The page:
Saturday replaces Monday, as South East adjust to sit–at-home
Vehicle burnt by enforcers of sit-at-home in Mbaise, Imo State

The current state of insecurity and sit-at-home protest in the south-east region has led to economic losses estimated at almost N4 trillion, a new report by DevEast Foundation, a non-profit and business advocacy organisation, has said.

Last year, the sit-at-home order was introduced in the south-east by the Indigenous People of Biafra (IPOB) to protest the detention of Nnamdi Kanu, its leader, who is standing trial for alleged treason and terrorism.

However, on August 14, 2021, the group announced a suspension of the order but modified it to whenever Kanu appears in court

DevEast said the report, titled ‘South East Economy: The Cost of Insecurity and Sit-At-Home Protest on the Business Environment’ was conducted on its behalf by SBM Intelligence, Nigeria’s geopolitical intelligence platform.

It said the study was conducted using qualitative and quantitative methods including surveys, in-depth interviews, and focus group discussions.

The report focused on two categories of businesses — transporters and traders/artisans.

TRANSPORTERS LOSE ABOUT N10 BILLION – N13 BILLION EVERY PROTEST DAY

According to the report, transporters plying inter and intra highways and other roads in the five states of the south-east lose between N10 billion and N13 billion every day of the sit-at-home protest.

“An estimated 1,083,000 commercial vehicles (excluding motorcycles and tricycles) are in the south-east region of Nigeria: Abia, Anambra, Ebonyi, Enugu and Imo,” the report reads.

“This number is derived from percentage estimates of total commercial vehicle registration numbers in the Q2 2021 road transport data report from the National Bureau of Statistics (NBS).”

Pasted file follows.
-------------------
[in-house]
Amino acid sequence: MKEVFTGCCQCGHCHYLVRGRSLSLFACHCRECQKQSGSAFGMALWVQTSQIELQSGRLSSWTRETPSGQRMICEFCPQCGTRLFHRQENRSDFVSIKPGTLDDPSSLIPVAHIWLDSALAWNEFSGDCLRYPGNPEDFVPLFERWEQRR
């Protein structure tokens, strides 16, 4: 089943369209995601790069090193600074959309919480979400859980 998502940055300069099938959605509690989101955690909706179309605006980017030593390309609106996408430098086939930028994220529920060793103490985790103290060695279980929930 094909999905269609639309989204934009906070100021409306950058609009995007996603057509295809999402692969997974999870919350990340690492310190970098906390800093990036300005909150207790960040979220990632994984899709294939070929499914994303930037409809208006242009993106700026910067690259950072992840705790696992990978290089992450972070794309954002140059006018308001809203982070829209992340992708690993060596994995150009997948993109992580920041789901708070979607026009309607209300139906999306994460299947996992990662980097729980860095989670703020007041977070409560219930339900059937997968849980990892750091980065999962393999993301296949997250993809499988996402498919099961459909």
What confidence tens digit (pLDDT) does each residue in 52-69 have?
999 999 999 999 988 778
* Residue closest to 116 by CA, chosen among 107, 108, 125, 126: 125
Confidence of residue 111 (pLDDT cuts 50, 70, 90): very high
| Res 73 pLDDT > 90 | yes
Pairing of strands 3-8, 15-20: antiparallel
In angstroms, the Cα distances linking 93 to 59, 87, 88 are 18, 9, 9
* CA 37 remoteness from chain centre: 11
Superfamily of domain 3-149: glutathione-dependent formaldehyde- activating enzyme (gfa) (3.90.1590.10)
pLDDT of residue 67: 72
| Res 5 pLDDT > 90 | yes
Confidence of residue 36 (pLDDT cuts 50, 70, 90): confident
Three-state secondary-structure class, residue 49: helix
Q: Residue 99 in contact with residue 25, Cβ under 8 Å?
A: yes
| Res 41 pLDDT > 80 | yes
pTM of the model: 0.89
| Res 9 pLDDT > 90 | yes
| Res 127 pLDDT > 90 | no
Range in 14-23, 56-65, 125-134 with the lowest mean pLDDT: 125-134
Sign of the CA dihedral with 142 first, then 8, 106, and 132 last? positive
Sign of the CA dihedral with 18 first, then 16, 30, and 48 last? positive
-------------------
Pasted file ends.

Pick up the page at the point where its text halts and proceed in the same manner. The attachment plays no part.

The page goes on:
TRADING BUSINESSES LOST UPWARDS OF N655 BILLION TO N3.8 TRILLION IN 24 MONTHS

The report also said small and medium enterprises mostly involved in trade and commerce, as well as artisans lost between N655 billion and N3.8 trillion within 24 months.

“Data on the number of SMEs in the south-east were extracted from the SME survey 2021 report. This shows that businesses in the south-east generated between N5.4 billion (N5,461,519,488) to N31 billion (N31,385,900,929) daily,” the report reads.

“If they lost approximately five days in a month from October 2020 (24 months), about 120 days have been lost, which takes the number of lost earnings on only sit-at-home days to between approximately six hundred and fifty-five billion naira (N655,382,338,560) and three-point eight trillion naira (N3,766,308,111,480) losses so far.”

It said the large-scale losses can be traced to specific factors including loss of between four and five working days per week; job losses due to cutbacks by business owners in response to the reduced working hours as well as other lost opportunities.

Other factors include loss of clients and customers who find alternatives because of the unstable business environment in the south-east; increased cost of service delivery because of extra logistical costs.

DevEast said the activities of official and non-state actors of various stripes – ‘unknown gunmen’, Eastern Security Network (ESN) and Ebube Agu and military operations in the zone, agitations by IPOB as well as the #EndSARS protests of 2020 – also worsened the security situation in the region and contributed to the losses.

EBONYI IS MOST IMPACTED BY VIOLENCE

More so, the report found that violence was used to enforce sit-at-home as defaulters were threatened with destruction and loss of property, among other repercussions.

Although all states were affected by violence and threats of violence, it said respondents from Ebonyi state witnessed more aggression compared to other states.

NO GOVERNMENT INTERVENTION IN BUSINESSES

According to the report, despite the many complaints by businesses, non-governmental organisations and individuals regarding the losses occasioned by the situation, there has been no government intervention or support of any kind to help those impacted.

It added that the agitations, violence and inability of constituted authorities to handle the security situation in the region appear to have further dwindled public trust in the political and community leaders due to their apparent helplessness.

DevEast advised that the state governments need to create intervention plans that increase the liquidity for the people and support them to be able to spend those resources to lubricate the south-east economy in the short term.

 

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